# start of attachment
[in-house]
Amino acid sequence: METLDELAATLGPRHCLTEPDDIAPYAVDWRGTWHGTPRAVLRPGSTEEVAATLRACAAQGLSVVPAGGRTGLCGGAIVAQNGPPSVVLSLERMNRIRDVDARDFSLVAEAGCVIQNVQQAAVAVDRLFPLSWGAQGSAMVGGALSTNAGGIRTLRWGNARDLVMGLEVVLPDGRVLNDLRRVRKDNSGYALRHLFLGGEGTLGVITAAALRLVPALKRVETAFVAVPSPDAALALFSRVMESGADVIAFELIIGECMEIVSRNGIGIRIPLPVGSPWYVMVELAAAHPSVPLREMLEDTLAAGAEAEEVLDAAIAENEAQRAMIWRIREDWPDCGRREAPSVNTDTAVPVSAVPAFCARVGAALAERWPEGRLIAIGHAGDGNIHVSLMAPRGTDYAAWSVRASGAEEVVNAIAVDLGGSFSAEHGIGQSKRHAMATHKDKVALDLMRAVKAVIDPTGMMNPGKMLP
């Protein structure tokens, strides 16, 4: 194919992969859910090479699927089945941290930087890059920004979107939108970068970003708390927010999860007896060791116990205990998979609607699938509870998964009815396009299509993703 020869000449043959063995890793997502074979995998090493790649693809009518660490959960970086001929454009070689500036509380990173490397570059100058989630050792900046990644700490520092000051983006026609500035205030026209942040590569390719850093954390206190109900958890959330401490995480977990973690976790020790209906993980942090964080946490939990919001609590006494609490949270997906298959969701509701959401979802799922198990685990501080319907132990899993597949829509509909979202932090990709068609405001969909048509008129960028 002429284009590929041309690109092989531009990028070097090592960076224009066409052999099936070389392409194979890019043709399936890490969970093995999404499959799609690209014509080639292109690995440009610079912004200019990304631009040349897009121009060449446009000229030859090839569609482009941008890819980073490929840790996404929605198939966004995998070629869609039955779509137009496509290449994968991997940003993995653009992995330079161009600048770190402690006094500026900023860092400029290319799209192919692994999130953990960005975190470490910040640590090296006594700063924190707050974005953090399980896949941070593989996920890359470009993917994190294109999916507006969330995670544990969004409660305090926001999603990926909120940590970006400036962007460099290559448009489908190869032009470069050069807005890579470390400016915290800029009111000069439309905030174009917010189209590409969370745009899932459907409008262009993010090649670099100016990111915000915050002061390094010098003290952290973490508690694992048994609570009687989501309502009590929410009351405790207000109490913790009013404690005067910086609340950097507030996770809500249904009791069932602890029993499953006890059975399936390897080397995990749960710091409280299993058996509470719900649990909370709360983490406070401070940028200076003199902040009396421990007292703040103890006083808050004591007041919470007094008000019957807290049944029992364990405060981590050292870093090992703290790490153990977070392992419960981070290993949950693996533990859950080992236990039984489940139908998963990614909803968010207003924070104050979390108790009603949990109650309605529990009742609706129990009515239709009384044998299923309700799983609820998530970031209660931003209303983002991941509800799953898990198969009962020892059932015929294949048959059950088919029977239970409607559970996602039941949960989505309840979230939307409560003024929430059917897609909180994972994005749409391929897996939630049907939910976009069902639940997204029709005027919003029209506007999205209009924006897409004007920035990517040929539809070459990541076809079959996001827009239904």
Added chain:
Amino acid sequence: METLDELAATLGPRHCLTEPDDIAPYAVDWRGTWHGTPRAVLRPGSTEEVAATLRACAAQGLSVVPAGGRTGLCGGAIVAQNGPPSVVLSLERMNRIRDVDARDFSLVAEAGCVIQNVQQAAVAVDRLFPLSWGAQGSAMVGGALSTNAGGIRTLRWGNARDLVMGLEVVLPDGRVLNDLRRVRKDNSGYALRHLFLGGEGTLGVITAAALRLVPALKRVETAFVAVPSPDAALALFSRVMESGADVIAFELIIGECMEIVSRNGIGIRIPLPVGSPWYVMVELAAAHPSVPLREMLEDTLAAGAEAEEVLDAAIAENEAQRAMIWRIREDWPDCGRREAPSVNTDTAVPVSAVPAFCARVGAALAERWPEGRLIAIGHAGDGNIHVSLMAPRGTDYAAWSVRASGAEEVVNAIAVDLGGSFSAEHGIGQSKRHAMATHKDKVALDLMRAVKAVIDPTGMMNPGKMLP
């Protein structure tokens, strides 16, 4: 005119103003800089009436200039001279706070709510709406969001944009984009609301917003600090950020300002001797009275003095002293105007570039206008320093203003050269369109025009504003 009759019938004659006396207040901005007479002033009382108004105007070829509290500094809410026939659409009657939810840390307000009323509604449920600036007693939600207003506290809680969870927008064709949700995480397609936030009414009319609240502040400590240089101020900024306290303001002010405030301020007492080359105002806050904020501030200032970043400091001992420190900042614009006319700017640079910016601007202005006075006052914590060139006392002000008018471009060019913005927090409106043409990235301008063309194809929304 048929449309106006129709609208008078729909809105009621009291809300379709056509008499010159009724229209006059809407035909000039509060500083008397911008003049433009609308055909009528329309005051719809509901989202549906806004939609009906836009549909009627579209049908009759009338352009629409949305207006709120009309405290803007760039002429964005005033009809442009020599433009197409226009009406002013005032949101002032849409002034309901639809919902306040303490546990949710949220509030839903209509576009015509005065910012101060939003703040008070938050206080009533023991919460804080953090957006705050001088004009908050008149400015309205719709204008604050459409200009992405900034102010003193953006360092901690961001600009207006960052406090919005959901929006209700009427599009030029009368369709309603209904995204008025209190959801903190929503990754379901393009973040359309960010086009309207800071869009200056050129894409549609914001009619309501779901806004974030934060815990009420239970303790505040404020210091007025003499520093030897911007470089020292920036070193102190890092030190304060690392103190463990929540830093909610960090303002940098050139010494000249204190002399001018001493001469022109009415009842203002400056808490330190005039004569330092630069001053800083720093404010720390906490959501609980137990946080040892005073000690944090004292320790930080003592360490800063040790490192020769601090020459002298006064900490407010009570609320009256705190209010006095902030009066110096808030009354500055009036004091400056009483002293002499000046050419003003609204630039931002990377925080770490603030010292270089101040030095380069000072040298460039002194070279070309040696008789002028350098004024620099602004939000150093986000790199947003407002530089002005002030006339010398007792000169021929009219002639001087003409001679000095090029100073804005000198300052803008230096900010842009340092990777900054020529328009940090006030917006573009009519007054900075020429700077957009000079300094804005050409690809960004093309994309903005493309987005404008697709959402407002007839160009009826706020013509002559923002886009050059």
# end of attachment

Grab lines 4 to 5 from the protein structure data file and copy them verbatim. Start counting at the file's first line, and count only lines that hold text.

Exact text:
Added chain:
Amino acid sequence: METLDELAATLGPRHCLTEPDDIAPYAVDWRGTWHGTPRAVLRPGSTEEVAATLRACAAQGLSVVPAGGRTGLCGGAIVAQNGPPSVVLSLERMNRIRDVDARDFSLVAEAGCVIQNVQQAAVAVDRLFPLSWGAQGSAMVGGALSTNAGGIRTLRWGNARDLVMGLEVVLPDGRVLNDLRRVRKDNSGYALRHLFLGGEGTLGVITAAALRLVPALKRVETAFVAVPSPDAALALFSRVMESGADVIAFELIIGECMEIVSRNGIGIRIPLPVGSPWYVMVELAAAHPSVPLREMLEDTLAAGAEAEEVLDAAIAENEAQRAMIWRIREDWPDCGRREAPSVNTDTAVPVSAVPAFCARVGAALAERWPEGRLIAIGHAGDGNIHVSLMAPRGTDYAAWSVRASGAEEVVNAIAVDLGGSFSAEHGIGQSKRHAMATHKDKVALDLMRAVKAVIDPTGMMNPGKMLP